In Too Deep (Tori Carrington) – Chapter Seven

Alannah had planned to be gone already and is determined to refuse Ben when he shows up. We finally get an explanation on why she’s that on the run:

the only way she could battle the demons was by keeping ceaselessly on the move? That the challenge of finding a place to stay, designing new landscapes, digging her fingers into the rich earth provided her a sense of peace she couldn’t find elsewhere?

While I still don’t understand completely what one thing has to do with the other, I can accept this as Alannah’s coping mechanism.

Anyway. Instead of explaining any of this to Ben [because that would make their relationship easier], she tells him that Elvis is gone. Elvis has left the building, so to say. [Okay, I know that that’s a pathetic crack, but I just couldn’t resist.]

Ben, in all his sensitivity, tells her that he doesn’t care, he’s just happy that she’s here and then doesn’t ask her to stay maybe another couple of weeks or to move in with him. No, he goes right ahead and asks her to marry him. Alannah literally starts wavering:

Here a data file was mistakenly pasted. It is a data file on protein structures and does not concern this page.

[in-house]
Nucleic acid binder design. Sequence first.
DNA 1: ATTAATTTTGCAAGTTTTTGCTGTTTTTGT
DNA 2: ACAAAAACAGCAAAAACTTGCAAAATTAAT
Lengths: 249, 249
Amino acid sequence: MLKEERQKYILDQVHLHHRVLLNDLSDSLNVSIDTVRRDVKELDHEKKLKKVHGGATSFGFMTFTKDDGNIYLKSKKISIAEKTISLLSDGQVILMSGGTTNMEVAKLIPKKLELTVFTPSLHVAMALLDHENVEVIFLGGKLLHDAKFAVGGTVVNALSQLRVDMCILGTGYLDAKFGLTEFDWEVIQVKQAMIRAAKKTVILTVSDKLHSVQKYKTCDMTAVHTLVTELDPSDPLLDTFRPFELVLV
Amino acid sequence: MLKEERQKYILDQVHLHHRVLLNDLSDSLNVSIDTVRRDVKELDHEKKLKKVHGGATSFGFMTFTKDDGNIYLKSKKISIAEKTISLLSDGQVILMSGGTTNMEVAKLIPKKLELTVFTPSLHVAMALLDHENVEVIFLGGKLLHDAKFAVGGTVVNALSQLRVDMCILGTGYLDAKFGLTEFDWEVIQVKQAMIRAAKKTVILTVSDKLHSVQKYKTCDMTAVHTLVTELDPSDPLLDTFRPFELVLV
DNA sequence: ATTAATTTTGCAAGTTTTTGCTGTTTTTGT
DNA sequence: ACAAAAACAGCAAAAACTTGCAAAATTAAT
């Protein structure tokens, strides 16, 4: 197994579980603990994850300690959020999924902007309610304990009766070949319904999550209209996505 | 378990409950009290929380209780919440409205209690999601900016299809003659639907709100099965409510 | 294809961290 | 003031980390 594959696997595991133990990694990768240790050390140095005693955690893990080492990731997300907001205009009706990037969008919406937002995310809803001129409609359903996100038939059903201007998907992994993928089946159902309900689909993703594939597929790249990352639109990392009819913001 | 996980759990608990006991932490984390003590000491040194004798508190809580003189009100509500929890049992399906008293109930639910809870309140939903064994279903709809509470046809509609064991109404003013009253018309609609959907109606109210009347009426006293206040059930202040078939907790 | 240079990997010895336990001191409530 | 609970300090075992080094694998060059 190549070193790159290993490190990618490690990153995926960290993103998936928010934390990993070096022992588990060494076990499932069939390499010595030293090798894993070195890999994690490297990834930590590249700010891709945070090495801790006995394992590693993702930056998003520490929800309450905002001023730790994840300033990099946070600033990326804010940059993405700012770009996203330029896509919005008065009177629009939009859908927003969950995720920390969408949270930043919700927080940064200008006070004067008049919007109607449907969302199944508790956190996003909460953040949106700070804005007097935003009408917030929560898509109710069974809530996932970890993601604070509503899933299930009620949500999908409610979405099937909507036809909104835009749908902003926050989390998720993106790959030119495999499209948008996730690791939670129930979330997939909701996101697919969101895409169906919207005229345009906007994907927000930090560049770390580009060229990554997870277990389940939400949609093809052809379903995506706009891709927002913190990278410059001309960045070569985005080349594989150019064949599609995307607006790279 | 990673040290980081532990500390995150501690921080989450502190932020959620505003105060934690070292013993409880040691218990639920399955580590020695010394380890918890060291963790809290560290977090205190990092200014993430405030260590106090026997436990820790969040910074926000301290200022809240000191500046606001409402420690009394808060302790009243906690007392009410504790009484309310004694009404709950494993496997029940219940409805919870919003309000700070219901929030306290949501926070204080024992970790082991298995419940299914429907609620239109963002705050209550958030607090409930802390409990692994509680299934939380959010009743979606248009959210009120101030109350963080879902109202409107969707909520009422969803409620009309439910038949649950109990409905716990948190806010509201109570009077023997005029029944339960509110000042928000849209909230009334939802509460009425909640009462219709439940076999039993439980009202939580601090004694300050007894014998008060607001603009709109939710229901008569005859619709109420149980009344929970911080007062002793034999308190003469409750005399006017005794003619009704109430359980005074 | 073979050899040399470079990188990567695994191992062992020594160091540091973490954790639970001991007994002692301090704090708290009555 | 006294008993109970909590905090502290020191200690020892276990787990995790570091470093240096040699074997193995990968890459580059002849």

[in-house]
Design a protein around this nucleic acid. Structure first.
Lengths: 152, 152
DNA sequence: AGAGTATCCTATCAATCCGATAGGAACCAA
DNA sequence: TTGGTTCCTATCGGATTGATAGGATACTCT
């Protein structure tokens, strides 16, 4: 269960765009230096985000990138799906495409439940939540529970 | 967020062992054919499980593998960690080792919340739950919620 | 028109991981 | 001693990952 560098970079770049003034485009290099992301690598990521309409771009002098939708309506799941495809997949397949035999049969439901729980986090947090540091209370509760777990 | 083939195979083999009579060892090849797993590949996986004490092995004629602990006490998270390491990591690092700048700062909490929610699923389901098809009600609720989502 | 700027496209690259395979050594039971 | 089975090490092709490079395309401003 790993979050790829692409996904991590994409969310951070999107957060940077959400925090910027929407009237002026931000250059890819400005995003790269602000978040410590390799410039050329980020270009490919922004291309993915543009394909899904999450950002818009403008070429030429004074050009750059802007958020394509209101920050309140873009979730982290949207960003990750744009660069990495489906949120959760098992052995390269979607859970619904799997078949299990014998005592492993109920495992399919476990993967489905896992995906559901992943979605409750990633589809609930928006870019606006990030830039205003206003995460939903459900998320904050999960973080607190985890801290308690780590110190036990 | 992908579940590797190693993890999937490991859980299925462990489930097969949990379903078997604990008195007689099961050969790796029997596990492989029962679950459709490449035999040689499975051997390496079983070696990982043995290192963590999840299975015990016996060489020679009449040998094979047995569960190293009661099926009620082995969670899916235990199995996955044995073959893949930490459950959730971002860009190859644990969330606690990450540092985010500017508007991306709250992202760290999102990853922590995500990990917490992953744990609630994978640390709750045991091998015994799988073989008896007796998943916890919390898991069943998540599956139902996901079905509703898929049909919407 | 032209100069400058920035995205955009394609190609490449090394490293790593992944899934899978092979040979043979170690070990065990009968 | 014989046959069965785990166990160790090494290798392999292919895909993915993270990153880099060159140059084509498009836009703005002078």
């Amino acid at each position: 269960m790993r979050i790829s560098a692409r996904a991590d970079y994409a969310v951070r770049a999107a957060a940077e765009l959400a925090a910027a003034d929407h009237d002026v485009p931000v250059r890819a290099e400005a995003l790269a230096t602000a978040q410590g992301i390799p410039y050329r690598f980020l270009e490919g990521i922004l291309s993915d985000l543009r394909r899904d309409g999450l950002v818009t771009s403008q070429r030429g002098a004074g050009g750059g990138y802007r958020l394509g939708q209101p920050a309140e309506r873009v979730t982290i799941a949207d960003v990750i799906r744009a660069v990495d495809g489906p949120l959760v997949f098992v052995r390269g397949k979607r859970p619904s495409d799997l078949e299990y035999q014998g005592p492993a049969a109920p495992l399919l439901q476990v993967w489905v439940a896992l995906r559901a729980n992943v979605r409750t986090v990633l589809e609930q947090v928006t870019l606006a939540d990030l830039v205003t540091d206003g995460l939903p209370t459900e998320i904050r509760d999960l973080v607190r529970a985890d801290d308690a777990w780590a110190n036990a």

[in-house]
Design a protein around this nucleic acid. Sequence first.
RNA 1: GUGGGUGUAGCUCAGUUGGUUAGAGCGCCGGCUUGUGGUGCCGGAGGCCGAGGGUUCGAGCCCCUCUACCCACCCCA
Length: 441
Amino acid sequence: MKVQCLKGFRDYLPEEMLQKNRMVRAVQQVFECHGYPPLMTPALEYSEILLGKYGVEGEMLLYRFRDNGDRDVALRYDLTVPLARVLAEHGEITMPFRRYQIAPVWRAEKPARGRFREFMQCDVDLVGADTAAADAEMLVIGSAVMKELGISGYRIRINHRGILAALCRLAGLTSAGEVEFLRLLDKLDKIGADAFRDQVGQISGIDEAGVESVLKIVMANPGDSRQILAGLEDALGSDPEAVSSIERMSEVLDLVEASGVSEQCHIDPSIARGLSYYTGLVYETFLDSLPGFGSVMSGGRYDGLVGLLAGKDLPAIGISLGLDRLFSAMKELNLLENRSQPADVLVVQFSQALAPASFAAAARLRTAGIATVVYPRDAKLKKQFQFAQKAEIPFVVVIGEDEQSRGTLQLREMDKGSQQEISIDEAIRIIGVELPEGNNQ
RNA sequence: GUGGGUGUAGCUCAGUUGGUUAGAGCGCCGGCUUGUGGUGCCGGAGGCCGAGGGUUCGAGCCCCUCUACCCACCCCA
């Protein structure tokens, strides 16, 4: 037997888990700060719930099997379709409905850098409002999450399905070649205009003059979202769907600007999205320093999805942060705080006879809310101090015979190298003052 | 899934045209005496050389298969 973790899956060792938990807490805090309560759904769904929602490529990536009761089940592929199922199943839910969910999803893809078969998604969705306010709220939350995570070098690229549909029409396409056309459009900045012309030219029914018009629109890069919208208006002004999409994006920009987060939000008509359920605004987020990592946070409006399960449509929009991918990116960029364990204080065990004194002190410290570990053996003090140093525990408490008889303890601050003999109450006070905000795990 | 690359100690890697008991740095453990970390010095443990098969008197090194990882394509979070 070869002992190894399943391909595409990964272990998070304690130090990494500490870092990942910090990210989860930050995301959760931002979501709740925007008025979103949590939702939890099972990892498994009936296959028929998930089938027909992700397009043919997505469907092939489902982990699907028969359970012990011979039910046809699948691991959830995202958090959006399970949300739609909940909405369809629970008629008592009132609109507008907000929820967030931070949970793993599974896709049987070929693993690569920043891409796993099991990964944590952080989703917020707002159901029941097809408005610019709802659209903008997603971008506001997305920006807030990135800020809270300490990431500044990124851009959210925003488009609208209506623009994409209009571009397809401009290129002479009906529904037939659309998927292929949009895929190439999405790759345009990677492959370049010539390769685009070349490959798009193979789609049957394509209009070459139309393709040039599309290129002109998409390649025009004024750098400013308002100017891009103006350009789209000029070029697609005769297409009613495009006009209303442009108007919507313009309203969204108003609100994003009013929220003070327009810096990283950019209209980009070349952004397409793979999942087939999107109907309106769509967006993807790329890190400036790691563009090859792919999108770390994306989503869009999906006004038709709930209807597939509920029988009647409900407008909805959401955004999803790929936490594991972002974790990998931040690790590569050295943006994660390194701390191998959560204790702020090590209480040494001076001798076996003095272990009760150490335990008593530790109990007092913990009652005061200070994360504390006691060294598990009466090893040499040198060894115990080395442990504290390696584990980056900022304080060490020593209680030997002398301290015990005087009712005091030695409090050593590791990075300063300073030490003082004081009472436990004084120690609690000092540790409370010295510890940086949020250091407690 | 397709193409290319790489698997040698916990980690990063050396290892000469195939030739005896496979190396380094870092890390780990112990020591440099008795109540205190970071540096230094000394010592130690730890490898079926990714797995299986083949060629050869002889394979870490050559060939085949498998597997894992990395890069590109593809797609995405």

She wavered on her feet.

Then Newerth bursts in to tell them that Elvis isn’t outside, either but Ben still doesn’t care about the pig, instead tells Newerth to leave them. The butler slinks away.

Finally Alannah tells Ben her answer: No. She can’t. And Ben tells her that this was the last time then that she’d be coming round. They both flinch at that, but it’s said.

Newerth dares to show up again and tells them that the neighbor, Mrs Kindridge, has found Elvis. Alannah says goodbye and that she won’t take Elvis with her because this was the only home he knows. The perfect chance for Ben to become philosophical and rub it in:

Ben cursed under his breath. “And you, Alannah? Where is your home?”

Then Alannah leaves.


Ben looks after her, not feeling the anticipated release at the resolution of their situation. Finally he decides that he’d rather have Alannah and her “gypsy spirit” for only a couple of days a year than not at all.

“Sir?” Newerth said quietly. “Is there anything I can do to help?”
“Get out of my way, man. I’m going after her.” [Does Ben have an aversion against saying other people’s names? Does he generally call them man and woman? What happens when he meets somebody who is neither?]
But when he reached the door and rushed out to the street, she was nowhere to be seen.

On this dramatic note ends the chapter.


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